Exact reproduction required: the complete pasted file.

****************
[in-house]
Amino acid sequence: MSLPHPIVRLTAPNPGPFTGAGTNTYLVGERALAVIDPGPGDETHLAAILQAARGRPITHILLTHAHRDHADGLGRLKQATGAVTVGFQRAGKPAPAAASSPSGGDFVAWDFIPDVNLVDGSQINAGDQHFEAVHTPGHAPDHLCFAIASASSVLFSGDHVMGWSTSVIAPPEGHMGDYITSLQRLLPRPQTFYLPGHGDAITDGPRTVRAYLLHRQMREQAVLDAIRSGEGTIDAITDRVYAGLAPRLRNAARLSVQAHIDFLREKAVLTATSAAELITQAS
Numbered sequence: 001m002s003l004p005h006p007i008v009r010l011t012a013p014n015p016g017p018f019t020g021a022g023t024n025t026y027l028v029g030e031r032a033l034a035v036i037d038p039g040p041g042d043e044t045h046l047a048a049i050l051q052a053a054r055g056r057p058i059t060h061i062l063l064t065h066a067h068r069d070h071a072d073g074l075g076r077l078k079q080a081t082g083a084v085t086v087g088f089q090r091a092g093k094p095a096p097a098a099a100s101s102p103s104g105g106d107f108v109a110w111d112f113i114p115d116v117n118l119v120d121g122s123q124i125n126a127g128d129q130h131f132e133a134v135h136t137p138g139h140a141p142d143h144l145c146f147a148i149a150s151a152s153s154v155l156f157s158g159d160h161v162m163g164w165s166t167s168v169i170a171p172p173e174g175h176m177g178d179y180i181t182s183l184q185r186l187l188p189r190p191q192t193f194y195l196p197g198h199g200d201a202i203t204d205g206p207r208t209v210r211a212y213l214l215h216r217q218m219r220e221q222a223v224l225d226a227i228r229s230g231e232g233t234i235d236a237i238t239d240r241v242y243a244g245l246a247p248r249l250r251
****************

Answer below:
[in-house]
Amino acid sequence: MSLPHPIVRLTAPNPGPFTGAGTNTYLVGERALAVIDPGPGDETHLAAILQAARGRPITHILLTHAHRDHADGLGRLKQATGAVTVGFQRAGKPAPAAASSPSGGDFVAWDFIPDVNLVDGSQINAGDQHFEAVHTPGHAPDHLCFAIASASSVLFSGDHVMGWSTSVIAPPEGHMGDYITSLQRLLPRPQTFYLPGHGDAITDGPRTVRAYLLHRQMREQAVLDAIRSGEGTIDAITDRVYAGLAPRLRNAARLSVQAHIDFLREKAVLTATSAAELITQAS
Numbered sequence: 001m002s003l004p005h006p007i008v009r010l011t012a013p014n015p016g017p018f019t020g021a022g023t024n025t026y027l028v029g030e031r032a033l034a035v036i037d038p039g040p041g042d043e044t045h046l047a048a049i050l051q052a053a054r055g056r057p058i059t060h061i062l063l064t065h066a067h068r069d070h071a072d073g074l075g076r077l078k079q080a081t082g083a084v085t086v087g088f089q090r091a092g093k094p095a096p097a098a099a100s101s102p103s104g105g106d107f108v109a110w111d112f113i114p115d116v117n118l119v120d121g122s123q124i125n126a127g128d129q130h131f132e133a134v135h136t137p138g139h140a141p142d143h144l145c146f147a148i149a150s151a152s153s154v155l156f157s158g159d160h161v162m163g164w165s166t167s168v169i170a171p172p173e174g175h176m177g178d179y180i181t182s183l184q185r186l187l188p189r190p191q192t193f194y195l196p197g198h199g200d201a202i203t204d205g206p207r208t209v210r211a212y213l214l215h216r217q218m219r220e221q222a223v224l225d226a227i228r229s230g231e232g233t234i235d236a237i238t239d240r241v242y243a244g245l246a247p248r249l250r251